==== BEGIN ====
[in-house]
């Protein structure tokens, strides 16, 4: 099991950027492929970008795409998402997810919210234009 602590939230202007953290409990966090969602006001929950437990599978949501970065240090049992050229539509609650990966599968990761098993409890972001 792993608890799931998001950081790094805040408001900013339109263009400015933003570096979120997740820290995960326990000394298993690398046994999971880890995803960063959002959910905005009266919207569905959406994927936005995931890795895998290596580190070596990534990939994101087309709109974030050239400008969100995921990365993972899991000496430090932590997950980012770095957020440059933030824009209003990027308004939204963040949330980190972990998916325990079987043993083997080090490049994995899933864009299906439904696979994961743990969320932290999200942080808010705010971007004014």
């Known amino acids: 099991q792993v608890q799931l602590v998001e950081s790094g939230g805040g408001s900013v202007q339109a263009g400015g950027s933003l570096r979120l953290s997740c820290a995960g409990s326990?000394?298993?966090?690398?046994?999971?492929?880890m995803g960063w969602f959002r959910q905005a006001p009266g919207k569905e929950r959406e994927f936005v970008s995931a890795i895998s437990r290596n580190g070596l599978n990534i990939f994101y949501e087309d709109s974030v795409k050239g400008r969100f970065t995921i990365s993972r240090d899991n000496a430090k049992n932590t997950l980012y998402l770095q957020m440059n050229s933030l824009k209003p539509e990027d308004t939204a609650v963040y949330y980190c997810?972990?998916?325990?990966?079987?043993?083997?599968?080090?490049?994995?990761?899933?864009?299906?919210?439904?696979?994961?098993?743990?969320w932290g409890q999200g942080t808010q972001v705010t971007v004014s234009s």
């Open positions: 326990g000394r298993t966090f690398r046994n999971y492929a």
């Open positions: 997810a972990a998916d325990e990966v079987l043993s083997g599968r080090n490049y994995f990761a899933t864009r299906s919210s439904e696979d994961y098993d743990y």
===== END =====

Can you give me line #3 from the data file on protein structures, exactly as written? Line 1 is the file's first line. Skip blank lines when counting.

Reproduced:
């Known amino acids: 099991q792993v608890q799931l602590v998001e950081s790094g939230g805040g408001s900013v202007q339109a263009g400015g950027s933003l570096r979120l953290s997740c820290a995960g409990s326990?000394?298993?966090?690398?046994?999971?492929?880890m995803g960063w969602f959002r959910q905005a006001p009266g919207k569905e929950r959406e994927f936005v970008s995931a890795i895998s437990r290596n580190g070596l599978n990534i990939f994101y949501e087309d709109s974030v795409k050239g400008r969100f970065t995921i990365s993972r240090d899991n000496a430090k049992n932590t997950l980012y998402l770095q957020m440059n050229s933030l824009k209003p539509e990027d308004t939204a609650v963040y949330y980190c997810?972990?998916?325990?990966?079987?043993?083997?599968?080090?490049?994995?990761?899933?864009?299906?919210?439904?696979?994961?098993?743990?969320w932290g409890q999200g942080t808010q972001v705010t971007v004014s234009s």